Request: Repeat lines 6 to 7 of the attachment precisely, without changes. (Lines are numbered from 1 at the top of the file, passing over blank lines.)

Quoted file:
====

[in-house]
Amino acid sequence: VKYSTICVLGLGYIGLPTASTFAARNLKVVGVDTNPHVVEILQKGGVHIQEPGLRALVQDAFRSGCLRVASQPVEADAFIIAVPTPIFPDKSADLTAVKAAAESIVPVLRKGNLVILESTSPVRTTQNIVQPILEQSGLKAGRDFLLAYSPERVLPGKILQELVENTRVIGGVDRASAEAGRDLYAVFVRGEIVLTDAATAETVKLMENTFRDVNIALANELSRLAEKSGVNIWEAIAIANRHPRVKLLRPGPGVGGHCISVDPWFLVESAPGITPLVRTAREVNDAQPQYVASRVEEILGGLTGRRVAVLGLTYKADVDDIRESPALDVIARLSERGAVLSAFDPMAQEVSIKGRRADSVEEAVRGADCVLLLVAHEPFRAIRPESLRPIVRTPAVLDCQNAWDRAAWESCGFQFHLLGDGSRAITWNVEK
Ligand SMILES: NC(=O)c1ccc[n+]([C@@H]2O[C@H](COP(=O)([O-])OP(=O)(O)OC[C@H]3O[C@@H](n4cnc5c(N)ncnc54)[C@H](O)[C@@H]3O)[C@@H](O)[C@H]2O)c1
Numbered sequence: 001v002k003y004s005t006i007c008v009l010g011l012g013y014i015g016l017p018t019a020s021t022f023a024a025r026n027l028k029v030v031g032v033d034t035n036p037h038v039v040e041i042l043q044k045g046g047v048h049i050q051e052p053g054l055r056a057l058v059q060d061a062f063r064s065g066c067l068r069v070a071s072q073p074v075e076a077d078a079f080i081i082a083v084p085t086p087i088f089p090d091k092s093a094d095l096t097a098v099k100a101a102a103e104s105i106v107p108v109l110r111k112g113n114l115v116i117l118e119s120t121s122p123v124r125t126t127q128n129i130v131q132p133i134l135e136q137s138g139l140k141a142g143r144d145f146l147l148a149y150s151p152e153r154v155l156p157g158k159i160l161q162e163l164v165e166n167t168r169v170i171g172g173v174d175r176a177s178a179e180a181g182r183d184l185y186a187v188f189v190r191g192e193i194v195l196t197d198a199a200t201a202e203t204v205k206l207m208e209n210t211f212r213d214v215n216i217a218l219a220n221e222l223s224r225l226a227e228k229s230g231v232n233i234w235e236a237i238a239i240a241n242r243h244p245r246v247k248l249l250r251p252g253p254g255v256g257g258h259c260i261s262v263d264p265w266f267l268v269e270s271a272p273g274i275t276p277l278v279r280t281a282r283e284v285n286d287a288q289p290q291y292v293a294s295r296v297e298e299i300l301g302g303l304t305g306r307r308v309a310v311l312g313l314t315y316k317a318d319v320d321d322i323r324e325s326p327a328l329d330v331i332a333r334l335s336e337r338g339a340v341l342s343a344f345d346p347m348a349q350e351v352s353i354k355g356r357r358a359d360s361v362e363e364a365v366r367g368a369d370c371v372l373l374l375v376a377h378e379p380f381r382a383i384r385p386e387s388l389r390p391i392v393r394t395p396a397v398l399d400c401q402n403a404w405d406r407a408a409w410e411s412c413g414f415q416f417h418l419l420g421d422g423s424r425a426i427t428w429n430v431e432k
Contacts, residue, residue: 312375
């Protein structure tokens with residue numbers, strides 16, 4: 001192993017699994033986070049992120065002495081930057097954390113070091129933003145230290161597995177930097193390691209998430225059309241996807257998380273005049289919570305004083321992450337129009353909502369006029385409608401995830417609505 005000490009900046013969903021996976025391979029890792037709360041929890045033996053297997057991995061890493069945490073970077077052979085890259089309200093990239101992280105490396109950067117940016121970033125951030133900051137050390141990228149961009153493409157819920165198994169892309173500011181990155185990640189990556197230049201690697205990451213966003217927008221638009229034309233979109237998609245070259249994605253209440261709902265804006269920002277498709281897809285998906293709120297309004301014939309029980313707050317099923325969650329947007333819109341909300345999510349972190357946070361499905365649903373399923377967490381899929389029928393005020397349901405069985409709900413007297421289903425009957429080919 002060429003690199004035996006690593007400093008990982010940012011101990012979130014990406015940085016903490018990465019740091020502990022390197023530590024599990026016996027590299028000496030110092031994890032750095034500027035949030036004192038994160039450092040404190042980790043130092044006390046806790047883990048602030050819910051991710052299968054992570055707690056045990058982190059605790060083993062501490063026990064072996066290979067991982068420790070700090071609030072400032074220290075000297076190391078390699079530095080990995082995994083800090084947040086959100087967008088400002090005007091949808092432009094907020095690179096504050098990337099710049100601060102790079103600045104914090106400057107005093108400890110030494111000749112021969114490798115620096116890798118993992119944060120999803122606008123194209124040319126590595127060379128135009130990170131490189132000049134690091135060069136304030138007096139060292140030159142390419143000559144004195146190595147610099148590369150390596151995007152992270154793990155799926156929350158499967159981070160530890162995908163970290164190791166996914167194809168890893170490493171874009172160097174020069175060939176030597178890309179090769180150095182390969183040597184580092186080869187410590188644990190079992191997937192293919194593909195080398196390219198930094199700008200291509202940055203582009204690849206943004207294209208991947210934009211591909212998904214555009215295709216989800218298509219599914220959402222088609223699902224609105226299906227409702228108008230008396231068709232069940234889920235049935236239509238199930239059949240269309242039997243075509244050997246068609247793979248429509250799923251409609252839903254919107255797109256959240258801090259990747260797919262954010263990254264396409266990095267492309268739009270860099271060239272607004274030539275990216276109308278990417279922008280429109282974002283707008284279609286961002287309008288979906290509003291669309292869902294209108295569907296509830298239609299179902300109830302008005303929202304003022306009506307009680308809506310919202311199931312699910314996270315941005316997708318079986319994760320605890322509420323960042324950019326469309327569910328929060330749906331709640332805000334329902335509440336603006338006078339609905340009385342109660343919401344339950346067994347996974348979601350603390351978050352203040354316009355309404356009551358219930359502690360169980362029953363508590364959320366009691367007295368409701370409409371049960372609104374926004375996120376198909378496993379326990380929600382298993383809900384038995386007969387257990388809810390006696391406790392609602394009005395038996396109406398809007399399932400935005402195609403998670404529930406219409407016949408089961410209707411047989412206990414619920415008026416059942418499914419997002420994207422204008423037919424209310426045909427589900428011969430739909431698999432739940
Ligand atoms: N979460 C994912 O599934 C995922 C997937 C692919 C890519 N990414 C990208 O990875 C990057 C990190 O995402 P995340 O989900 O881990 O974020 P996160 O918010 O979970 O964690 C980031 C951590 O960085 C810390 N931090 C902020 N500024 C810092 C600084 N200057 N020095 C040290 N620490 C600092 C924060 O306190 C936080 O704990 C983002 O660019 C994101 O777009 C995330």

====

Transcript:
């Protein structure tokens with residue numbers, strides 16, 4: 001192993017699994033986070049992120065002495081930057097954390113070091129933003145230290161597995177930097193390691209998430225059309241996807257998380273005049289919570305004083321992450337129009353909502369006029385409608401995830417609505 005000490009900046013969903021996976025391979029890792037709360041929890045033996053297997057991995061890493069945490073970077077052979085890259089309200093990239101992280105490396109950067117940016121970033125951030133900051137050390141990228149961009153493409157819920165198994169892309173500011181990155185990640189990556197230049201690697205990451213966003217927008221638009229034309233979109237998609245070259249994605253209440261709902265804006269920002277498709281897809285998906293709120297309004301014939309029980313707050317099923325969650329947007333819109341909300345999510349972190357946070361499905365649903373399923377967490381899929389029928393005020397349901405069985409709900413007297421289903425009957429080919 002060429003690199004035996006690593007400093008990982010940012011101990012979130014990406015940085016903490018990465019740091020502990022390197023530590024599990026016996027590299028000496030110092031994890032750095034500027035949030036004192038994160039450092040404190042980790043130092044006390046806790047883990048602030050819910051991710052299968054992570055707690056045990058982190059605790060083993062501490063026990064072996066290979067991982068420790070700090071609030072400032074220290075000297076190391078390699079530095080990995082995994083800090084947040086959100087967008088400002090005007091949808092432009094907020095690179096504050098990337099710049100601060102790079103600045104914090106400057107005093108400890110030494111000749112021969114490798115620096116890798118993992119944060120999803122606008123194209124040319126590595127060379128135009130990170131490189132000049134690091135060069136304030138007096139060292140030159142390419143000559144004195146190595147610099148590369150390596151995007152992270154793990155799926156929350158499967159981070160530890162995908163970290164190791166996914167194809168890893170490493171874009172160097174020069175060939176030597178890309179090769180150095182390969183040597184580092186080869187410590188644990190079992191997937192293919194593909195080398196390219198930094199700008200291509202940055203582009204690849206943004207294209208991947210934009211591909212998904214555009215295709216989800218298509219599914220959402222088609223699902224609105226299906227409702228108008230008396231068709232069940234889920235049935236239509238199930239059949240269309242039997243075509244050997246068609247793979248429509250799923251409609252839903254919107255797109256959240258801090259990747260797919262954010263990254264396409266990095267492309268739009270860099271060239272607004274030539275990216276109308278990417279922008280429109282974002283707008284279609286961002287309008288979906290509003291669309292869902294209108295569907296509830298239609299179902300109830302008005303929202304003022306009506307009680308809506310919202311199931312699910314996270315941005316997708318079986319994760320605890322509420323960042324950019326469309327569910328929060330749906331709640332805000334329902335509440336603006338006078339609905340009385342109660343919401344339950346067994347996974348979601350603390351978050352203040354316009355309404356009551358219930359502690360169980362029953363508590364959320366009691367007295368409701370409409371049960372609104374926004375996120376198909378496993379326990380929600382298993383809900384038995386007969387257990388809810390006696391406790392609602394009005395038996396109406398809007399399932400935005402195609403998670404529930406219409407016949408089961410209707411047989412206990414619920415008026416059942418499914419997002420994207422204008423037919424209310426045909427589900428011969430739909431698999432739940
Ligand atoms: N979460 C994912 O599934 C995922 C997937 C692919 C890519 N990414 C990208 O990875 C990057 C990190 O995402 P995340 O989900 O881990 O974020 P996160 O918010 O979970 O964690 C980031 C951590 O960085 C810390 N931090 C902020 N500024 C810092 C600084 N200057 N020095 C040290 N620490 C600092 C924060 O306190 C936080 O704990 C983002 O660019 C994101 O777009 C995330």